Researchers from the University of Manchester have presented a video at the European Anesthesiology Conference that demonstrates how a brain slowly loses consciousness when undergoing a propofol induction. Using an instrument called a functional electrical impedence tomography by evoked response (fEITER), they were able to visualize the brain slipping into sleep in real time. Dr. Brian Pollard, the presenter of the paper at the conference, noted that initially propofol inhibits the inhibitory neurons in the brain. The brain thus becomes more excitable, which is seen on the video.Then as more propofol is given, the excitatory neurons are also inhibited and the brain then slips into unconsciousness. Unlike what patient's may say they feel, the brain doesn't become anesthetized like a light switch. There is a gradual decline in the brain function.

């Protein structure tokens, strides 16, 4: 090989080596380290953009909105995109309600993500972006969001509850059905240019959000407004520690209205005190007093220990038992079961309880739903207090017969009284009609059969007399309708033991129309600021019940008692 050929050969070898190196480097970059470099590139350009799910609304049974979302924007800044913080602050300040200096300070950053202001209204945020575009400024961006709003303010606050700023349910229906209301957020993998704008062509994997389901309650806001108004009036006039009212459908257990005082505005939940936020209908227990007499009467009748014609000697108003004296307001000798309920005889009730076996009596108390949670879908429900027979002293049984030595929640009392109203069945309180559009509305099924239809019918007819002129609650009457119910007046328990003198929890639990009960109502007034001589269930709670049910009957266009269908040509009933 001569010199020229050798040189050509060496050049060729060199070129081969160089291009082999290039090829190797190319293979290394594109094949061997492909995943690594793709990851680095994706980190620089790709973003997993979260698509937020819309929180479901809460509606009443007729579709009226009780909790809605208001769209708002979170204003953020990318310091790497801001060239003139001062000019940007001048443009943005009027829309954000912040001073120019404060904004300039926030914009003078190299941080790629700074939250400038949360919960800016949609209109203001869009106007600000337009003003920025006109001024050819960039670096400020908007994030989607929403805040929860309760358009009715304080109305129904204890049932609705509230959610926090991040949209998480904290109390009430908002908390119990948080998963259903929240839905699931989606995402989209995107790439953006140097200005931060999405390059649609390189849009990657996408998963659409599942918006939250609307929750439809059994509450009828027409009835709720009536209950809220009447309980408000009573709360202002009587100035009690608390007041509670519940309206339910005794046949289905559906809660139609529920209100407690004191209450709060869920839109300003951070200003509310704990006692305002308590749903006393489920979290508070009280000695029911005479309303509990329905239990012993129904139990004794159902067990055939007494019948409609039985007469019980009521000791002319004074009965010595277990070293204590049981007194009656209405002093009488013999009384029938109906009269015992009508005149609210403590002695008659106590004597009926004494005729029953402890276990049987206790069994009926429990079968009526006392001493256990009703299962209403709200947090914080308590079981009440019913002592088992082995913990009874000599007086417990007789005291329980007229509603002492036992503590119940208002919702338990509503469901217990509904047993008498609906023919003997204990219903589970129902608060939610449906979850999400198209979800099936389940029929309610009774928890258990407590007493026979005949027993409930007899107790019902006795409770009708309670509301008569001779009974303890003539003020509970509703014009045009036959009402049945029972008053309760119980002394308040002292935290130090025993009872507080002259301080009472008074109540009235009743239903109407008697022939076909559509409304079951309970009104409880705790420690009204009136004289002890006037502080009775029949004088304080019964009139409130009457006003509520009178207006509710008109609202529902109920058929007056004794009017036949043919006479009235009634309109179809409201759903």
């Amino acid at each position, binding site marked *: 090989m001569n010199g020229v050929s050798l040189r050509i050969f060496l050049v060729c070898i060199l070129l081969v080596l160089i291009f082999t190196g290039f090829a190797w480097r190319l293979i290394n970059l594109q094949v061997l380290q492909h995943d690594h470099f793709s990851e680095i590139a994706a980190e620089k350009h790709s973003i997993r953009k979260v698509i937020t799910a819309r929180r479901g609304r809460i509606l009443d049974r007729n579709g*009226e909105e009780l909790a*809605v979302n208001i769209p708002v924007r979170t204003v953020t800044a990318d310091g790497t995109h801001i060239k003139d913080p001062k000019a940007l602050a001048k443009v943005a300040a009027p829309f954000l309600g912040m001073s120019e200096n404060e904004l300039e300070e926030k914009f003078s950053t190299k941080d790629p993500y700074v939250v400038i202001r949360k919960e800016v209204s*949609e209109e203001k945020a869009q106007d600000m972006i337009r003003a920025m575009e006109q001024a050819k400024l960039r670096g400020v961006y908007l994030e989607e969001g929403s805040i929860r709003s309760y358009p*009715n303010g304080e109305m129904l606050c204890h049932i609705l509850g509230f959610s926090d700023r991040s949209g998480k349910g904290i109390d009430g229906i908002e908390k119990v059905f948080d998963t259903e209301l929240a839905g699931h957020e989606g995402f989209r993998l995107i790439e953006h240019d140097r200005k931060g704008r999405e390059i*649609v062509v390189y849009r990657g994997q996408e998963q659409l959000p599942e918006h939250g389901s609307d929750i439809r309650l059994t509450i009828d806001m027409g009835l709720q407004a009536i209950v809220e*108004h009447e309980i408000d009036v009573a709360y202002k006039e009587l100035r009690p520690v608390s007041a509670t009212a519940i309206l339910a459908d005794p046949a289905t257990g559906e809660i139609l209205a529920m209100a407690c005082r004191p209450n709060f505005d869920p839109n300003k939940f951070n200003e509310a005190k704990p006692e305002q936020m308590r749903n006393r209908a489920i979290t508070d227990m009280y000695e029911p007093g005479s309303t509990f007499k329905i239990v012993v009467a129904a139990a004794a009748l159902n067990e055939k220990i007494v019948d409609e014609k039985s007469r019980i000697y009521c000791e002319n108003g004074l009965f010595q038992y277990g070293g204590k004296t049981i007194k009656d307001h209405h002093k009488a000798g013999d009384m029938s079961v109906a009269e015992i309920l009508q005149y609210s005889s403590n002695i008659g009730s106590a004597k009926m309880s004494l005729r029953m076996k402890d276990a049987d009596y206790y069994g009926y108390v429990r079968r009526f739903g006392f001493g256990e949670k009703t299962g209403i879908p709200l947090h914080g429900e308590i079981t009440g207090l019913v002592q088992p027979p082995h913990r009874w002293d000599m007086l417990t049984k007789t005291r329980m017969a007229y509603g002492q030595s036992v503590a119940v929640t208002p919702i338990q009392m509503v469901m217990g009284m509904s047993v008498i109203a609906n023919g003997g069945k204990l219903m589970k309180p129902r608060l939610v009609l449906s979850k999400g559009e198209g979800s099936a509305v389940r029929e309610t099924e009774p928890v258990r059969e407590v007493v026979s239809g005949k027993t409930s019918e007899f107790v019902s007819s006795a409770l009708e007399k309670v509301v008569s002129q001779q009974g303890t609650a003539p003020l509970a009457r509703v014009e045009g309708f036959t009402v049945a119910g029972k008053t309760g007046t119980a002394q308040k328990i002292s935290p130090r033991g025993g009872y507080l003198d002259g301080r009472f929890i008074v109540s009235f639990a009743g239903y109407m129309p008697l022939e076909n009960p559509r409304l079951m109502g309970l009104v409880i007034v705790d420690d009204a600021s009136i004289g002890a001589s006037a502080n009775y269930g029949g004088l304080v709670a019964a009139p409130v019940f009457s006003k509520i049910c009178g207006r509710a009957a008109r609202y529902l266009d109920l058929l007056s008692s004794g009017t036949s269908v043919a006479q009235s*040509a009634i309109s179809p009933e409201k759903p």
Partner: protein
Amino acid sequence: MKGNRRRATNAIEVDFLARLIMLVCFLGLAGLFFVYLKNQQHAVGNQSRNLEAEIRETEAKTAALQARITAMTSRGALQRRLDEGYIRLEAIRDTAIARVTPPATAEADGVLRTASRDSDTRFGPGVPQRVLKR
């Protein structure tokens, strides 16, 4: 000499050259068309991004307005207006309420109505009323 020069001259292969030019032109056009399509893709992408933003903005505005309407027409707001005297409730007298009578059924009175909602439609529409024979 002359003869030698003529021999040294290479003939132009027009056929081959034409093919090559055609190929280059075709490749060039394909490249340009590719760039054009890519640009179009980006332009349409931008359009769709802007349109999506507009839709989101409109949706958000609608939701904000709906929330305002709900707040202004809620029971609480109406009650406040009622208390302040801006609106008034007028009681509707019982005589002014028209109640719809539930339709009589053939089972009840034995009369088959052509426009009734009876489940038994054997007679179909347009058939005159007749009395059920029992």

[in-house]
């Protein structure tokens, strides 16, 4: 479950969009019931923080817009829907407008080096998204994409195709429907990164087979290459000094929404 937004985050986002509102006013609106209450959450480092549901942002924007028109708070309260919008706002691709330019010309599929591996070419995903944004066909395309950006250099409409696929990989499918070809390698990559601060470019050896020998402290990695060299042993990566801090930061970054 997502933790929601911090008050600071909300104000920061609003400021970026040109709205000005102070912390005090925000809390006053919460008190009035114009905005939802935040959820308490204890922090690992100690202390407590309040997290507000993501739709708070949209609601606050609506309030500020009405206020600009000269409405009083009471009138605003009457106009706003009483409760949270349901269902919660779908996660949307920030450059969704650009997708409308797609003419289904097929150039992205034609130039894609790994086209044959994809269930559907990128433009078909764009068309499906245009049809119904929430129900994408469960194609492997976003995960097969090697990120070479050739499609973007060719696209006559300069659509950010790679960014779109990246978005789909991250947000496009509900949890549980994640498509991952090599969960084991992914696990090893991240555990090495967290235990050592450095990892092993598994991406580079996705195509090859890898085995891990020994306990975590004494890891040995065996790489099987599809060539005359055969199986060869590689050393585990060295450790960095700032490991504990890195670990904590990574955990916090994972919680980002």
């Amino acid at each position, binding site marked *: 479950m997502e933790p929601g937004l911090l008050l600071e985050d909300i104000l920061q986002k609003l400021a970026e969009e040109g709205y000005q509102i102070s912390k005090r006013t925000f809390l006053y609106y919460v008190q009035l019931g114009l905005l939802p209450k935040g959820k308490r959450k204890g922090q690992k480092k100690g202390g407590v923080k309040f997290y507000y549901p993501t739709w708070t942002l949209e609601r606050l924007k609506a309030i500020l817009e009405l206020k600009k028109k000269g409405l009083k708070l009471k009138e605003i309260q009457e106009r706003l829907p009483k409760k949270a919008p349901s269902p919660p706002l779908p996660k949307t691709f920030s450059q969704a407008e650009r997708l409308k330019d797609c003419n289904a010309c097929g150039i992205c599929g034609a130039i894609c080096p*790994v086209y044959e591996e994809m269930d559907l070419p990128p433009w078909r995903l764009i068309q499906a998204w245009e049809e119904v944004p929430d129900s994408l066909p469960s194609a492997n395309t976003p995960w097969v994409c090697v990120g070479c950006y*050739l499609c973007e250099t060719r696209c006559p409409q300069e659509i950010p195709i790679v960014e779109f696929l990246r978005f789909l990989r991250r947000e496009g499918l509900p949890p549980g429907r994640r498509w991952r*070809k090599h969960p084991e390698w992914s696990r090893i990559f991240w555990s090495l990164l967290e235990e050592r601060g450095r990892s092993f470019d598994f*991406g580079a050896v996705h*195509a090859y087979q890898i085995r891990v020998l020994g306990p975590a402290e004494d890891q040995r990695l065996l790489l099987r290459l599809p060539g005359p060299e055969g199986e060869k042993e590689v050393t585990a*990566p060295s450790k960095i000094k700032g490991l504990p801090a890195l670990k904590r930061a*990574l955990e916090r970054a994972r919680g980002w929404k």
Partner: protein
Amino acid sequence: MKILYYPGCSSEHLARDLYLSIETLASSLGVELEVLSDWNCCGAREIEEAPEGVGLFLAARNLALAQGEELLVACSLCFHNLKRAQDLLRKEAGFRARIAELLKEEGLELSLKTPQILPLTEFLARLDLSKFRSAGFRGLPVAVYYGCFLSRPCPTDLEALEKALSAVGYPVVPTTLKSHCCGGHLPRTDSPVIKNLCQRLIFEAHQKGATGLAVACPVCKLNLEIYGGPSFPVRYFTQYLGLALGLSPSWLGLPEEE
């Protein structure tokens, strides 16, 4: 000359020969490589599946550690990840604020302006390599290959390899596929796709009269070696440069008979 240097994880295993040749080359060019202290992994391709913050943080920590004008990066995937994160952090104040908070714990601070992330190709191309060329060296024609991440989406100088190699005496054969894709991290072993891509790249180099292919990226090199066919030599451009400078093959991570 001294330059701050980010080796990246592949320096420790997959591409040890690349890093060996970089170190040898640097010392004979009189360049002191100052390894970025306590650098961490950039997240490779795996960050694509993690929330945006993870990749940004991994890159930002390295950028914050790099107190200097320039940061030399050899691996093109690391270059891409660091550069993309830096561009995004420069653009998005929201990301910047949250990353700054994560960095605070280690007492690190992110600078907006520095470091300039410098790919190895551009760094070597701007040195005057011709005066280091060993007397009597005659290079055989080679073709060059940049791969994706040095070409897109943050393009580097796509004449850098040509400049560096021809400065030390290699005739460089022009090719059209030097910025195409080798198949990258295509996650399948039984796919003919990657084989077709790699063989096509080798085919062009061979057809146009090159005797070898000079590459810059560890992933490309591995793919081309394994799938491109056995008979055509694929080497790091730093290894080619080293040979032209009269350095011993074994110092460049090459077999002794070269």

I have noticed the same phenomenon when anesthetizing patients. If one pushes propofol very quickly, the brain goes through its stages of sleep rapidly. Therefore it appears the patient is out "like a light." However if you give the propofol slowly, in small boluses, many patients lose their inhibition first. This is manifested as a sudden need to vocalize their thoughts or express their emotions. Many patients are very anxious and quiet as they are about to go to sleep. But once the propofol is started, they will start talking about almost anything, including how attractive their doctors or nurses are. We don't hold it against them though. We know it's just a drug induced euphoria and the patient will have no recollection of it after the surgery.Now we have scientific visual evidence of this state.